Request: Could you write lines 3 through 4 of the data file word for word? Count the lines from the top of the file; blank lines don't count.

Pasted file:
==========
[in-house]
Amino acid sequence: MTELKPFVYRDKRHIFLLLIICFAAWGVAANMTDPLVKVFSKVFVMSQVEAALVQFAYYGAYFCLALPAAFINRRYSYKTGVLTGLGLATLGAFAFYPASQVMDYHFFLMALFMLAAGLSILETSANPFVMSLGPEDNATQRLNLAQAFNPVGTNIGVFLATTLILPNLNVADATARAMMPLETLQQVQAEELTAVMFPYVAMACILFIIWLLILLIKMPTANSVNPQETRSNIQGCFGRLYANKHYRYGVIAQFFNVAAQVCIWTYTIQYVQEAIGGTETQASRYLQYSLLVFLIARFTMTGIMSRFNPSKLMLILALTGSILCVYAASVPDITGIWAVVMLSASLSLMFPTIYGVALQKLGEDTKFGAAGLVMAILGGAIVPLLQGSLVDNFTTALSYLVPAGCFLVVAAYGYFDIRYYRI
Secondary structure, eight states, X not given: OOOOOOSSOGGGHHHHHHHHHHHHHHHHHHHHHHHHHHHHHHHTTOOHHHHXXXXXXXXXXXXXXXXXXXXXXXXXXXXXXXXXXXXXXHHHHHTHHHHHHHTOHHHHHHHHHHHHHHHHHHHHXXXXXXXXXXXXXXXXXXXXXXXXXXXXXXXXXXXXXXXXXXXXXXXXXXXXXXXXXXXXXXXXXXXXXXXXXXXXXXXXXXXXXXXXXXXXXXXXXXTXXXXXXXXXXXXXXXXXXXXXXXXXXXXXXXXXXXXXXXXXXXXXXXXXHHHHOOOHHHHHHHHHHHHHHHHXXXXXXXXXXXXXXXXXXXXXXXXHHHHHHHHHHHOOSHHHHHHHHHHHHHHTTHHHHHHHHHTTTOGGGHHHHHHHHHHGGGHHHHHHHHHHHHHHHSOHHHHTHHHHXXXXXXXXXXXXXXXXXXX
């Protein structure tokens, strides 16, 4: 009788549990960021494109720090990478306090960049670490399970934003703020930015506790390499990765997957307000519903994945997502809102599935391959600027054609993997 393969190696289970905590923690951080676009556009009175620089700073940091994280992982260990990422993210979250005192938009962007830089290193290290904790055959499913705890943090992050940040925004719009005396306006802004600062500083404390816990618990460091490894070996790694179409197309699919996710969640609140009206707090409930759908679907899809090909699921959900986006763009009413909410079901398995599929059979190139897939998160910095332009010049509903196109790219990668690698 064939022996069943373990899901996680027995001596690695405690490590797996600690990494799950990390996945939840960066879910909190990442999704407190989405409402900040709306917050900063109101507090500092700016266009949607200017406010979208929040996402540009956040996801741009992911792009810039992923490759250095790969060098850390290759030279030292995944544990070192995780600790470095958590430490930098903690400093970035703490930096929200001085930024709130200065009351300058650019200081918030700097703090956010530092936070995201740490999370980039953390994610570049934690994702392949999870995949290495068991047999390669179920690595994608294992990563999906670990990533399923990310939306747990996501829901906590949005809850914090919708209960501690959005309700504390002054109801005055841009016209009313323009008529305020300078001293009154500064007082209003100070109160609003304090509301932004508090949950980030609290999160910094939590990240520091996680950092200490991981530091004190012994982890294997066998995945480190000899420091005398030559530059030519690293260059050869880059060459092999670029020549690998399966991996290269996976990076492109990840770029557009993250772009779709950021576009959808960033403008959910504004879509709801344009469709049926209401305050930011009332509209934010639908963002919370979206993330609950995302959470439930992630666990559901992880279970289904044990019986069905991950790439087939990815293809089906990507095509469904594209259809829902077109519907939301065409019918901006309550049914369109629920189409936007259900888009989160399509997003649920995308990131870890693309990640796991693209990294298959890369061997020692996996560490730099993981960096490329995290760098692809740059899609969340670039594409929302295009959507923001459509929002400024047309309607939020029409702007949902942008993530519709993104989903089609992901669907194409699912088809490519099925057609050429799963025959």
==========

Secondary structure, eight states, X not given: OOOOOOSSOGGGHHHHHHHHHHHHHHHHHHHHHHHHHHHHHHHTTOOHHHHXXXXXXXXXXXXXXXXXXXXXXXXXXXXXXXXXXXXXXHHHHHTHHHHHHHTOHHHHHHHHHHHHHHHHHHHHXXXXXXXXXXXXXXXXXXXXXXXXXXXXXXXXXXXXXXXXXXXXXXXXXXXXXXXXXXXXXXXXXXXXXXXXXXXXXXXXXXXXXXXXXXXXXXXXXXTXXXXXXXXXXXXXXXXXXXXXXXXXXXXXXXXXXXXXXXXXXXXXXXXXHHHHOOOHHHHHHHHHHHHHHHHXXXXXXXXXXXXXXXXXXXXXXXXHHHHHHHHHHHOOSHHHHHHHHHHHHHHTTHHHHHHHHHTTTOGGGHHHHHHHHHHGGGHHHHHHHHHHHHHHHSOHHHHTHHHHXXXXXXXXXXXXXXXXXXX
């Protein structure tokens, strides 16, 4: 009788549990960021494109720090990478306090960049670490399970934003703020930015506790390499990765997957307000519903994945997502809102599935391959600027054609993997 393969190696289970905590923690951080676009556009009175620089700073940091994280992982260990990422993210979250005192938009962007830089290193290290904790055959499913705890943090992050940040925004719009005396306006802004600062500083404390816990618990460091490894070996790694179409197309699919996710969640609140009206707090409930759908679907899809090909699921959900986006763009009413909410079901398995599929059979190139897939998160910095332009010049509903196109790219990668690698 064939022996069943373990899901996680027995001596690695405690490590797996600690990494799950990390996945939840960066879910909190990442999704407190989405409402900040709306917050900063109101507090500092700016266009949607200017406010979208929040996402540009956040996801741009992911792009810039992923490759250095790969060098850390290759030279030292995944544990070192995780600790470095958590430490930098903690400093970035703490930096929200001085930024709130200065009351300058650019200081918030700097703090956010530092936070995201740490999370980039953390994610570049934690994702392949999870995949290495068991047999390669179920690595994608294992990563999906670990990533399923990310939306747990996501829901906590949005809850914090919708209960501690959005309700504390002054109801005055841009016209009313323009008529305020300078001293009154500064007082209003100070109160609003304090509301932004508090949950980030609290999160910094939590990240520091996680950092200490991981530091004190012994982890294997066998995945480190000899420091005398030559530059030519690293260059050869880059060459092999670029020549690998399966991996290269996976990076492109990840770029557009993250772009779709950021576009959808960033403008959910504004879509709801344009469709049926209401305050930011009332509209934010639908963002919370979206993330609950995302959470439930992630666990559901992880279970289904044990019986069905991950790439087939990815293809089906990507095509469904594209259809829902077109519907939301065409019918901006309550049914369109629920189409936007259900888009989160399509997003649920995308990131870890693309990640796991693209990294298959890369061997020692996996560490730099993981960096490329995290760098692809740059899609969340670039594409929302295009959507923001459509929002400024047309309607939020029409702007949902942008993530519709993104989903089609992901669907194409699912088809490519099925057609050429799963025959």